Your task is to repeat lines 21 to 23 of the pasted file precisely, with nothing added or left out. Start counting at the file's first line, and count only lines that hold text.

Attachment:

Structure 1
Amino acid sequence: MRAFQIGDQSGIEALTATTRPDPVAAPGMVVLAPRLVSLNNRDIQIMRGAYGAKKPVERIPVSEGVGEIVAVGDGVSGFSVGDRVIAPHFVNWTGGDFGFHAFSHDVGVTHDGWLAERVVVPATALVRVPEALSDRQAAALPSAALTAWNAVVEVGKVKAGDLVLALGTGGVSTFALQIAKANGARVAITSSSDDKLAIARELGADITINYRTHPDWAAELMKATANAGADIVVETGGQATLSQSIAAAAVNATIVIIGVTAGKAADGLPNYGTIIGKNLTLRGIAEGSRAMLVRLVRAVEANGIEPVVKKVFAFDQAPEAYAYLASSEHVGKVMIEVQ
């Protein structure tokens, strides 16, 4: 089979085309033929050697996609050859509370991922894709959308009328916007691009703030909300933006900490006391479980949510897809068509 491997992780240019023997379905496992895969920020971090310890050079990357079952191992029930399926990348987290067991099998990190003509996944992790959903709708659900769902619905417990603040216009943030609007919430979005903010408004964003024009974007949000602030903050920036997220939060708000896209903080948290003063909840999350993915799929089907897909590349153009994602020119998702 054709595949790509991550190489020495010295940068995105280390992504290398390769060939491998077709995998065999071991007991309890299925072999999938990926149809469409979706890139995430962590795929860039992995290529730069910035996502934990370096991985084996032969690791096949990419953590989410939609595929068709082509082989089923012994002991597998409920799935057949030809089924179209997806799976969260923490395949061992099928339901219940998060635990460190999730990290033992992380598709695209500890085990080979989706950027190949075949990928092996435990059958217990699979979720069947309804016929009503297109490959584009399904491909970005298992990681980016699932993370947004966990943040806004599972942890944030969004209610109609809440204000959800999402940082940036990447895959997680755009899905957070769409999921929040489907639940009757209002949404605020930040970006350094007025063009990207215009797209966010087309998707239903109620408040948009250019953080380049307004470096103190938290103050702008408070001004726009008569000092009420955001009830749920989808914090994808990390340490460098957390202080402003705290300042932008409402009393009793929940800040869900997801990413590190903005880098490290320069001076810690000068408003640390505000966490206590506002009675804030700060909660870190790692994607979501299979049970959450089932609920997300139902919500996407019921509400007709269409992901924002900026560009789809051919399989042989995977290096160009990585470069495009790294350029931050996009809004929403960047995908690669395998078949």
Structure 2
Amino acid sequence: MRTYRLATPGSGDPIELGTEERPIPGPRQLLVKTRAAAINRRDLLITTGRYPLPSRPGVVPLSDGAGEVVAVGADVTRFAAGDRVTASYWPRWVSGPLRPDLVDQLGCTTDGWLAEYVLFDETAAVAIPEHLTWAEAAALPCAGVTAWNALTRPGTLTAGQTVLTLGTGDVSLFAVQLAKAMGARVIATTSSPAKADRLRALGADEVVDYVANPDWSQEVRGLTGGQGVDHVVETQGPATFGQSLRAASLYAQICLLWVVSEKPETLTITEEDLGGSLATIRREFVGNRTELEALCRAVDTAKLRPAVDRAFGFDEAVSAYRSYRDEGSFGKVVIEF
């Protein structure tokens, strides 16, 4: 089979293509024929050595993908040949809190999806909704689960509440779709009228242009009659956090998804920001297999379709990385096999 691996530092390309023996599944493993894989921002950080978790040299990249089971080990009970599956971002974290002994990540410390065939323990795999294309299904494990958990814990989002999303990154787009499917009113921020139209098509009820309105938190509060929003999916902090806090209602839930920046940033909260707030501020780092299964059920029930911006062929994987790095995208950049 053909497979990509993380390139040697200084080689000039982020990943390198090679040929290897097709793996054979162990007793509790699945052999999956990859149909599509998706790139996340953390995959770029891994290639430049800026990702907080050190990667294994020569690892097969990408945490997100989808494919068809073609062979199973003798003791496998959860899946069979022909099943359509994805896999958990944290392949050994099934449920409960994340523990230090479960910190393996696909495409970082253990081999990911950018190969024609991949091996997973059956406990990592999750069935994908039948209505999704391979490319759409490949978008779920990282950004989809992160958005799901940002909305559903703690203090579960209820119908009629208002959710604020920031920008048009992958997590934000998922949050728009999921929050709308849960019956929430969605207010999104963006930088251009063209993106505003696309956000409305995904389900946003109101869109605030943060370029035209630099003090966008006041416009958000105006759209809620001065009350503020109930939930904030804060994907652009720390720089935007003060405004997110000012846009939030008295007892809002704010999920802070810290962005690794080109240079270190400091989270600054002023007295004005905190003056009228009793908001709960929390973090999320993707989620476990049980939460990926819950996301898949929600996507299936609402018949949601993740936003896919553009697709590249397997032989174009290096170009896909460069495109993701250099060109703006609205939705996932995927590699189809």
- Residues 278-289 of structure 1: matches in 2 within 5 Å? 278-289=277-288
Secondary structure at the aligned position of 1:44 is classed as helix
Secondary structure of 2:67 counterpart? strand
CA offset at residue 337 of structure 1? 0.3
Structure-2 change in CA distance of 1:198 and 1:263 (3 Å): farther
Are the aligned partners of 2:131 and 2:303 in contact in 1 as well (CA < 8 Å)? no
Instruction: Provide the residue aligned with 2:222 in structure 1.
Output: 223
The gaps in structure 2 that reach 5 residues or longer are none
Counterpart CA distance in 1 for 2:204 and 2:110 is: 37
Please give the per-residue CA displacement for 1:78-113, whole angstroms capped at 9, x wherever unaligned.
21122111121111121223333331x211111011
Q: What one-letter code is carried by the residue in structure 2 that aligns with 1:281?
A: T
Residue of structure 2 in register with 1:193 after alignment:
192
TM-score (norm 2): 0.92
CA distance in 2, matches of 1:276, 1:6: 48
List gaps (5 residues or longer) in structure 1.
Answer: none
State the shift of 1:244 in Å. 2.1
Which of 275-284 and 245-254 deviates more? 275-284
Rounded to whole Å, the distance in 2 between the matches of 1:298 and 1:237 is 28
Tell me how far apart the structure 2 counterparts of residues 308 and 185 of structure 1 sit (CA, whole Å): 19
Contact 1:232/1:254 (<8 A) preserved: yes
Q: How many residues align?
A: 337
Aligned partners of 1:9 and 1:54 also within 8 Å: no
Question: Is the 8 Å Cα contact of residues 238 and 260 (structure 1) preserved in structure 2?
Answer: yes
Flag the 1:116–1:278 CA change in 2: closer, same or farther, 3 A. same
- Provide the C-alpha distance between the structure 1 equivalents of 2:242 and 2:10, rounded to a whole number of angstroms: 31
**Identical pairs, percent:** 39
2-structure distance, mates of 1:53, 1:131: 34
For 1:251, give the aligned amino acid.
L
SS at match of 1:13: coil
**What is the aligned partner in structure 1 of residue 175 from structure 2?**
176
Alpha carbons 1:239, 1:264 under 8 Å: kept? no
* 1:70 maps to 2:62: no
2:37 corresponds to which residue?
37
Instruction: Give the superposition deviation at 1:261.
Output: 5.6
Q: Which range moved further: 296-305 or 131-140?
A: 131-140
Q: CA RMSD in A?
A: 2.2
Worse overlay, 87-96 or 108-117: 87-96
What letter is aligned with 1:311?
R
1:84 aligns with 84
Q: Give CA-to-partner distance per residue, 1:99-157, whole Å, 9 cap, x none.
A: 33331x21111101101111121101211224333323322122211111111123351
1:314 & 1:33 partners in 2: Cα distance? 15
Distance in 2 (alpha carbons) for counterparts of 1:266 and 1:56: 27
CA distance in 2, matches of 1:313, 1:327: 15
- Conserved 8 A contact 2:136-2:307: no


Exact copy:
Residue of structure 2 in register with 1:193 after alignment:
192
TM-score (norm 2): 0.92